My Northeastern colleagues Mike Beaudet and John Wihbey, along with some amazing students, have been studying ways to improve local television news. Their latest installment looks at how animation can increase viewer interest, attract younger viewers and make it easier to understand the essential facts of a story.
According to a summary of their findings that they wrote along with graduate student Anna Campbell for RTNDA.org:
After viewing the local news stories that took a fresh approach to animation and graphics, viewers preferred that style across the board, with audiences more likely to rate the animated stories as clear, compelling, and memorable. The graphically-enhanced stories were generally perceived both as more relevant in content and resonant in tone. Animation also captured positive descriptions in the open-ended questions we posed.
As you’ll see if you watch the video presentation above, animation essentially takes the place of irrelevant and boring B-roll. And when Beaudet, Campbell and Wihbey refer to animation, they don’t mean something you might see on “Adult Swim.” Rather, they’re talking about presenting visualizations that help viewers understand what they’re watching.
Media observers like me don’t always pay much attention to local TV news. But it’s incredibly important — it’s the second-most popular news medium that we have (the internet comes in first), and it’s more trusted than other forms of news. So congratulations to my colleagues and their students for finding ways to make it better.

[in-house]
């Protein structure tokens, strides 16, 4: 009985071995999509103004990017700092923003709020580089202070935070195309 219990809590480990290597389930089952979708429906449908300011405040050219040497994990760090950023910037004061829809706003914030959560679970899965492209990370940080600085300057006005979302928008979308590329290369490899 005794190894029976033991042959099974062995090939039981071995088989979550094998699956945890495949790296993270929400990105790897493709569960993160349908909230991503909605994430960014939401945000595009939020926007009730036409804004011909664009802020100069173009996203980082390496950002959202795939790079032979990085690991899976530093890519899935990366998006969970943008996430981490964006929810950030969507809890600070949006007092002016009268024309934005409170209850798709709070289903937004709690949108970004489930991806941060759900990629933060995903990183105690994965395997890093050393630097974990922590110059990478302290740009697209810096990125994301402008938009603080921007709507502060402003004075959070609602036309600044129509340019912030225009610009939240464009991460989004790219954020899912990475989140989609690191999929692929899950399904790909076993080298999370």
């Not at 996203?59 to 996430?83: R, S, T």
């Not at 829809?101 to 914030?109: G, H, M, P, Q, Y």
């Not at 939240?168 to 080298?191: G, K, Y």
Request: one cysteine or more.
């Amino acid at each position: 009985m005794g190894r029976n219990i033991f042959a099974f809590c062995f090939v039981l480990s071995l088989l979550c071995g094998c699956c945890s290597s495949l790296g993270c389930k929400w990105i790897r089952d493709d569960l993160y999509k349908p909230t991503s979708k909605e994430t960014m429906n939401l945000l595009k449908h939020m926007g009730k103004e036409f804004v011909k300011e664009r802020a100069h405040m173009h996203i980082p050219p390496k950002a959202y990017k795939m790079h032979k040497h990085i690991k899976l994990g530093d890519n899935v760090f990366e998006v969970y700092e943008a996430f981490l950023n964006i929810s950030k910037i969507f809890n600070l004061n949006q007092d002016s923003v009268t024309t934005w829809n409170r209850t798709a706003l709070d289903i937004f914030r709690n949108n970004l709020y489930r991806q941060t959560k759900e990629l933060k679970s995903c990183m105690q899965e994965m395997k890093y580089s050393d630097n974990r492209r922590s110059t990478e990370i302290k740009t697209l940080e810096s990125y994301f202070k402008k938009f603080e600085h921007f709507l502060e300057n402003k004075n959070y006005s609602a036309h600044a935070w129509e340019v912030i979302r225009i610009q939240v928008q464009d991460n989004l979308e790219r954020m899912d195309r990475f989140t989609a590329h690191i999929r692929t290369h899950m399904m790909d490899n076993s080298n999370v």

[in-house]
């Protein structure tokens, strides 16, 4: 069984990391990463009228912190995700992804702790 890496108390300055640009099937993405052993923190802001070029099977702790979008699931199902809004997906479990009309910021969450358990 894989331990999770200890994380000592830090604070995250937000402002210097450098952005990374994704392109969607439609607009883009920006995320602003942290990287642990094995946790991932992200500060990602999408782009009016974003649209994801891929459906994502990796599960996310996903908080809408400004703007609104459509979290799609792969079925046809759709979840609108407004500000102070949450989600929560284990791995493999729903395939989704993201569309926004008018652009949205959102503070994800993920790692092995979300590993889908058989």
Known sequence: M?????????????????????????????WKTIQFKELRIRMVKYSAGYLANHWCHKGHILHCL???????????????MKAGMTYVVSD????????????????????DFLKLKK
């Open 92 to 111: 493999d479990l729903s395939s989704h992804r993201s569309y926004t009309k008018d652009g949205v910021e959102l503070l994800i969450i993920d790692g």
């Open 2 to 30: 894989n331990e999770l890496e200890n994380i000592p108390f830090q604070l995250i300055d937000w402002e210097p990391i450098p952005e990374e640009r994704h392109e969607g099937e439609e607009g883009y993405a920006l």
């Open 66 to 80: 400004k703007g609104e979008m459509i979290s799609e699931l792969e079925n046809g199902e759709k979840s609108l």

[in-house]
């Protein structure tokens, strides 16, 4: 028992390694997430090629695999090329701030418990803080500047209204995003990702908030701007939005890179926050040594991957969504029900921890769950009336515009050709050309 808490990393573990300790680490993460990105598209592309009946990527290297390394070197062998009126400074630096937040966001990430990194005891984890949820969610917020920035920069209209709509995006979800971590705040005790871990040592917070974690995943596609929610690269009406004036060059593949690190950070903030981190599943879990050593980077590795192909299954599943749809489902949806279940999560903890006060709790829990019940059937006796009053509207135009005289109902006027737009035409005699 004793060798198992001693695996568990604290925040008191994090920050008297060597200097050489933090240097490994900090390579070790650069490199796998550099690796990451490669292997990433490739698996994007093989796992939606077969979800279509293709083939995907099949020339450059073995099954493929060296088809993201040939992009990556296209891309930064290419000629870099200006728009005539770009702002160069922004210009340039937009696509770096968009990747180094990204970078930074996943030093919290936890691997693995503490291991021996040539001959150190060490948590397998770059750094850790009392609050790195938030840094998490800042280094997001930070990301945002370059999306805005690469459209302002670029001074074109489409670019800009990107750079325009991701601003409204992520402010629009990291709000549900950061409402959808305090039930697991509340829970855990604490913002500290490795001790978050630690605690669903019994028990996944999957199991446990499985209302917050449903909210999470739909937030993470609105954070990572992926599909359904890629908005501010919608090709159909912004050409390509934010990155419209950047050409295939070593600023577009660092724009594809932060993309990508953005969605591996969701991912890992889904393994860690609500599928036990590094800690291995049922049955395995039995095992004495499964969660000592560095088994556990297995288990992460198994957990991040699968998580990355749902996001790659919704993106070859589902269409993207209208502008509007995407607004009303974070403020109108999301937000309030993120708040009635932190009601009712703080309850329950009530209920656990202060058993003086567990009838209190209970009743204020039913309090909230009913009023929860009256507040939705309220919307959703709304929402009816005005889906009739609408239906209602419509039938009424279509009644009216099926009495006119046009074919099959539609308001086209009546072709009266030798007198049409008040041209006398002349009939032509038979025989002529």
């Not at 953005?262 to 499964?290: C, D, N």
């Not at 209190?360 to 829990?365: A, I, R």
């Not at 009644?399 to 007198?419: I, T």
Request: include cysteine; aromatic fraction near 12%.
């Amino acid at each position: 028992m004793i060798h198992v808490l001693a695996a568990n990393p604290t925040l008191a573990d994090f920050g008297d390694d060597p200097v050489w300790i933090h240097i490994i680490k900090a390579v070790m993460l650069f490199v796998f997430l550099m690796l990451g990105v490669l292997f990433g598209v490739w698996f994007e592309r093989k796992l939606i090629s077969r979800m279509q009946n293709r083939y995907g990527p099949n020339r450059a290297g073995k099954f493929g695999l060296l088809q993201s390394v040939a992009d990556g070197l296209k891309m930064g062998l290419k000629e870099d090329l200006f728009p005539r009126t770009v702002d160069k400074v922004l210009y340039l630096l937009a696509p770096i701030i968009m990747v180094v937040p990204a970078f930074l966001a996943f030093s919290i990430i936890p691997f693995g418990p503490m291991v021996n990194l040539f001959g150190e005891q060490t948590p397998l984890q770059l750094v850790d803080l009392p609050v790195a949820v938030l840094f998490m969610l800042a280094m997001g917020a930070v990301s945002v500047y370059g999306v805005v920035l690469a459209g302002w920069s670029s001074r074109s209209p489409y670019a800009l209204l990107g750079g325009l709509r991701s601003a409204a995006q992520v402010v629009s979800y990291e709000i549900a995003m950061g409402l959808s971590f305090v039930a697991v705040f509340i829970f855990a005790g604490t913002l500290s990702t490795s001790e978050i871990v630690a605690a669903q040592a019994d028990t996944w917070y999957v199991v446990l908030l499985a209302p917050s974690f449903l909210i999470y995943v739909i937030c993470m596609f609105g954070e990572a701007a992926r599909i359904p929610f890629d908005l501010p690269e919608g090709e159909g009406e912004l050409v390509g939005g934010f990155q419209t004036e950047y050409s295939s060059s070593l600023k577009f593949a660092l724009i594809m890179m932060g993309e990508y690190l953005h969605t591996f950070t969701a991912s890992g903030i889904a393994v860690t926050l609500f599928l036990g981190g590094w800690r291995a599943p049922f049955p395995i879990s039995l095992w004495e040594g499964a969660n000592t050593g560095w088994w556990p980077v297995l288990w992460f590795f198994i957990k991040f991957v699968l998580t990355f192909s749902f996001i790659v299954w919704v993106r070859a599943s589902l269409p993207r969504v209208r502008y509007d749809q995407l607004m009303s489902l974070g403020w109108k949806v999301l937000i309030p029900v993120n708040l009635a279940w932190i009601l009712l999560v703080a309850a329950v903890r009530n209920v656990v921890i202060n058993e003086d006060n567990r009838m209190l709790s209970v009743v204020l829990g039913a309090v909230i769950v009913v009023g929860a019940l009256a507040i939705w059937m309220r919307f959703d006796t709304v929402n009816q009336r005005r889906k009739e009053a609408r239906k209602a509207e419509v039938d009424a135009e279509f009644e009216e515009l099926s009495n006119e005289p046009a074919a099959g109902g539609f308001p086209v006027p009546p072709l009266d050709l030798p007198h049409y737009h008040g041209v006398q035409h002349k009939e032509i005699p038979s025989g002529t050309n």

You can find more of their work at Storybench, a School of Journalism web publication that covers media innovation.
3 thoughts on “A Northeastern study shows how animation can enhance local TV news”
“Rather, they’re talking about presenting visualizations that help viewers understand what they’re watching.” That’s what I want to do!!!!!!
I did find this compelling. One, exception, however, was the part around 5 minutes when there was the video of the cluster of Covid deaths. I don’t think the video was the right choice there, as it was not appropriate and came off too cartoonish for the topic; also, the report didn’t have a lot of numbers that were hard to take in. But in the other examples, the animation worked well.
I really objected to the visual of the black vs white drivers. It promotes racism, when in reality police stop you for the poor condition of your car not your race. License registration expired, non working head lights taillights, driving with donut tires, bungee cords on the trunk….. Fix your damn car before you drive on the street.
Comments are closed.